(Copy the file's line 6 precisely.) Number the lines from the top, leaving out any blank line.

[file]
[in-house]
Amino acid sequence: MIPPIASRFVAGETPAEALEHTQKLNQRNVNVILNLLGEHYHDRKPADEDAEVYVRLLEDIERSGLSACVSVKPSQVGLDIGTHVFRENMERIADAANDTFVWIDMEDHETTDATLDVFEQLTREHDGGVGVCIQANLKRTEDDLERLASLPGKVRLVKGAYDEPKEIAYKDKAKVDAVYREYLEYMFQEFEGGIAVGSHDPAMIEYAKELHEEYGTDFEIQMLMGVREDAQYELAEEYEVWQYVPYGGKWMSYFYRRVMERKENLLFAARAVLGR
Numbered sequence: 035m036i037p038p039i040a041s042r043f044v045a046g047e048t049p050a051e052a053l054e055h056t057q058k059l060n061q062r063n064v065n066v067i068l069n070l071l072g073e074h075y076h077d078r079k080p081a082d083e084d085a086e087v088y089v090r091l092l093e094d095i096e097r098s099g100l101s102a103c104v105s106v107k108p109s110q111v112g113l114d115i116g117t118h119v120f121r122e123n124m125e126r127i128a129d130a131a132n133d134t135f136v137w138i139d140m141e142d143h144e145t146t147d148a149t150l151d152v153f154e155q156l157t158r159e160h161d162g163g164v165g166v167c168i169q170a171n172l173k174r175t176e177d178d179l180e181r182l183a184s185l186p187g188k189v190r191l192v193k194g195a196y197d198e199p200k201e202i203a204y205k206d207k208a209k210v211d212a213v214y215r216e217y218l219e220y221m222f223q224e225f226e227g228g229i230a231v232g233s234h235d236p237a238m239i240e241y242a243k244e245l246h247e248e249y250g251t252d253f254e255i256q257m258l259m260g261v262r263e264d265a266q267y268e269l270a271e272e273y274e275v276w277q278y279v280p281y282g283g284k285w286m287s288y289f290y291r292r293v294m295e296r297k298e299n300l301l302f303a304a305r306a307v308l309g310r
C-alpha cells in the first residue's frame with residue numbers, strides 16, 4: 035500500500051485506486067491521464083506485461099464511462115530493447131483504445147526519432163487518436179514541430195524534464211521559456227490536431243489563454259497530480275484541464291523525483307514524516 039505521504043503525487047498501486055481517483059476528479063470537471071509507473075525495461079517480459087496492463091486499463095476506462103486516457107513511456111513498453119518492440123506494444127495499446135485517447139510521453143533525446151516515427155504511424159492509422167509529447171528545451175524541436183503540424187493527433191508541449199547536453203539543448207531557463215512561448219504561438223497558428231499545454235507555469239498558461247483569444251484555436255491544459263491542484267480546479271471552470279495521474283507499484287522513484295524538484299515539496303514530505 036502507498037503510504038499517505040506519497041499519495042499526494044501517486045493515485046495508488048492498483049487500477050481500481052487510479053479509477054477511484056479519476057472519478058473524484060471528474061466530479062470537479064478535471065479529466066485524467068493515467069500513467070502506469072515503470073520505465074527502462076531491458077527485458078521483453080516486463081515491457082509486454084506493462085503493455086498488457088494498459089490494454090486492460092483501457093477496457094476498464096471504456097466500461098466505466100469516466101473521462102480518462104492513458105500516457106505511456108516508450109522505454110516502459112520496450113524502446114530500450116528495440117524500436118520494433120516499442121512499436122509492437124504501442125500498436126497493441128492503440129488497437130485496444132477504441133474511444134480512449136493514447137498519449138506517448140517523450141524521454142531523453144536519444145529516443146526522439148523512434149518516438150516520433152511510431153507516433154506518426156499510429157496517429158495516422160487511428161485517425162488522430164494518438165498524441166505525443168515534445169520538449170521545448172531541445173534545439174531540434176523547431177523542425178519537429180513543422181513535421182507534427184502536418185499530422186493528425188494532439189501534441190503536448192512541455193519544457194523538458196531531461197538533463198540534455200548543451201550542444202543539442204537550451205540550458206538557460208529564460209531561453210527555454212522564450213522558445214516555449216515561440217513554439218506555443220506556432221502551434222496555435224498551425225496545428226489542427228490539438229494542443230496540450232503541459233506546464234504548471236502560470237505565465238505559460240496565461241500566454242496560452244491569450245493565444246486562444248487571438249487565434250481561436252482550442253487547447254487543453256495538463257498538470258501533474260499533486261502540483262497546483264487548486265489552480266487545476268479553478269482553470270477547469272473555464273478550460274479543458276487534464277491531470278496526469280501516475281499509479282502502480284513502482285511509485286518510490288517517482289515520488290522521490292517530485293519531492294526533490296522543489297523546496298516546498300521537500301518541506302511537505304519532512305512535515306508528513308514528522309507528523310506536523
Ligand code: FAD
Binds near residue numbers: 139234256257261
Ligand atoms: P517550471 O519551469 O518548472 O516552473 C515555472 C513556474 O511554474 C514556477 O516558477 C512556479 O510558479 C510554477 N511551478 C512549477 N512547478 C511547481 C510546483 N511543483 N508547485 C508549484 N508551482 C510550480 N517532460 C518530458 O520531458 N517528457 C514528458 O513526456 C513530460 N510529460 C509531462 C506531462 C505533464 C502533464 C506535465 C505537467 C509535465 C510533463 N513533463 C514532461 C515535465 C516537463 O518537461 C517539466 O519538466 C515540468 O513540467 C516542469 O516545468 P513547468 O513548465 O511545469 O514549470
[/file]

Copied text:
Binds near residue numbers: 139234256257261